"I never heard of him, so I went to see him. I explained my situation. Would he like to make a proposal to build it? He said he certainly would. His number came in [much cheaper] and I almost fell out of my chair.
"And he said, 'Any savings below that number go to you.' I remember I got back a check from him for savings.
"That started our relationship that's lasted ... thirty-five, forty years. Some buildings he had built for us on a handshake. Not even a written contract. [He has] the highest ethical standards in the business world you could ask from anybody ... He's an American original."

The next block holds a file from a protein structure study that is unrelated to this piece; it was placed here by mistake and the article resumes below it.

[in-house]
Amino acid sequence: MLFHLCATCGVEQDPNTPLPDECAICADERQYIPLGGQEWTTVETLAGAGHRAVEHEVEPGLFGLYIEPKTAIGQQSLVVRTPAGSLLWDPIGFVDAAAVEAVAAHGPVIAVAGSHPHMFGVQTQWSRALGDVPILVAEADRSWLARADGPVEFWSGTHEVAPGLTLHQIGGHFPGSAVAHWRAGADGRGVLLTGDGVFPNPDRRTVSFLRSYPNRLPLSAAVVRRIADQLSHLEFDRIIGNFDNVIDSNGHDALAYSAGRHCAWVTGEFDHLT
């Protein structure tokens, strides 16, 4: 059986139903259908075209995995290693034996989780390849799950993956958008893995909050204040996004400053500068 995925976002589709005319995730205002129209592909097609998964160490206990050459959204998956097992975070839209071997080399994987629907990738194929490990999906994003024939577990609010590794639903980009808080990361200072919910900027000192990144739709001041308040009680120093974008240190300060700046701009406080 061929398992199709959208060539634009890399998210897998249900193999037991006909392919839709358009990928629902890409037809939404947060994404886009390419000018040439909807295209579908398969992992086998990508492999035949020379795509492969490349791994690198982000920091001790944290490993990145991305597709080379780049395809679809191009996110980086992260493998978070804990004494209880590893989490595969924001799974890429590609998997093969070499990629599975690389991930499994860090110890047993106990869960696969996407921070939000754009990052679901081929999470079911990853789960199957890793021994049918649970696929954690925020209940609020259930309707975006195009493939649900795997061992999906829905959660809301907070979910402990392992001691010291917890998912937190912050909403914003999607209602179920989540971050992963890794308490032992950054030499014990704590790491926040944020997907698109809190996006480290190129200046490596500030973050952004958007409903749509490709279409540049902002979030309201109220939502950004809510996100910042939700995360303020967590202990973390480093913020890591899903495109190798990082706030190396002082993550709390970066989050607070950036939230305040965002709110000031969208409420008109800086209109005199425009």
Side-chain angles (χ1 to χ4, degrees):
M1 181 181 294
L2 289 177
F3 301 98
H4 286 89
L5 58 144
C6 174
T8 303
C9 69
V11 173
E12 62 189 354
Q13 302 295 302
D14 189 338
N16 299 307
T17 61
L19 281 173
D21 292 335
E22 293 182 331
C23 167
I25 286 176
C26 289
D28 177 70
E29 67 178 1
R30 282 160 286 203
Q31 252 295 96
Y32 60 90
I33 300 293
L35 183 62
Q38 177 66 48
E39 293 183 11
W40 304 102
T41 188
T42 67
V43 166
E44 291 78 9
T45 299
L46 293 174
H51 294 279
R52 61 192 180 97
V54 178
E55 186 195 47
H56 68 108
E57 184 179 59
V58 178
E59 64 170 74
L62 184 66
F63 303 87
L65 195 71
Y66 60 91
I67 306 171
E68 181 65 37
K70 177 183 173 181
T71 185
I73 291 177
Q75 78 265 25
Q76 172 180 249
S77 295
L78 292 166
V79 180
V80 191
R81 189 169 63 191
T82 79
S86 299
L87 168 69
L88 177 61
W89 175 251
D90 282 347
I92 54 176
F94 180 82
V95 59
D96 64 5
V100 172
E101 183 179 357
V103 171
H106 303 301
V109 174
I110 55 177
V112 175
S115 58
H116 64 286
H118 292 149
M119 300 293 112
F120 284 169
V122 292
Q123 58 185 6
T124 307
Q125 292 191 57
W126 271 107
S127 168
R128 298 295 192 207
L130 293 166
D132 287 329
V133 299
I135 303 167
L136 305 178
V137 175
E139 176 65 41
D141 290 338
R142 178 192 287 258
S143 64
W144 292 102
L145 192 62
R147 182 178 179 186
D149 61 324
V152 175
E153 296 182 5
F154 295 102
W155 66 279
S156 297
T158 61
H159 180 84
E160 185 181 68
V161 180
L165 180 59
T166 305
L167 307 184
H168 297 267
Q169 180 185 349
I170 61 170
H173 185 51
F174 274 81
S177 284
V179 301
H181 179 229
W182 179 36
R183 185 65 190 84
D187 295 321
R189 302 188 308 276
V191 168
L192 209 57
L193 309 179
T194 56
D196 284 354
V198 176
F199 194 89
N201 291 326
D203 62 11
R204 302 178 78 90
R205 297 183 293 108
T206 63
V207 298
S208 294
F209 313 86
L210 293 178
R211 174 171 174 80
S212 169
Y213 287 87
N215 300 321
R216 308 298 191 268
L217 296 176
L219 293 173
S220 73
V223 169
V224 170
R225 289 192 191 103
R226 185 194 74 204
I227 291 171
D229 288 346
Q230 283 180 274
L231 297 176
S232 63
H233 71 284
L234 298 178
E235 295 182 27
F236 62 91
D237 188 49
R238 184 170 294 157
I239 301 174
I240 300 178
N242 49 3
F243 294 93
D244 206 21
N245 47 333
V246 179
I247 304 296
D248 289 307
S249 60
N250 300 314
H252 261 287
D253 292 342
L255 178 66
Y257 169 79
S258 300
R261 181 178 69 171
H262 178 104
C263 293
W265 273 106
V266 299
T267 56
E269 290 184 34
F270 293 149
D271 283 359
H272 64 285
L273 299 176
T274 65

"That is music to my ears," O'Neal says. He's not talking about Martin's praise--if he'd heard it, he'd blush--but the rumbling of concrete trucks lining First Street at the City Apartments construction site. Vibrators settling the pour add to the racket, and in another corner someone is welding. "Sixty years of it," says O'Neal. "That music has ruined my ears."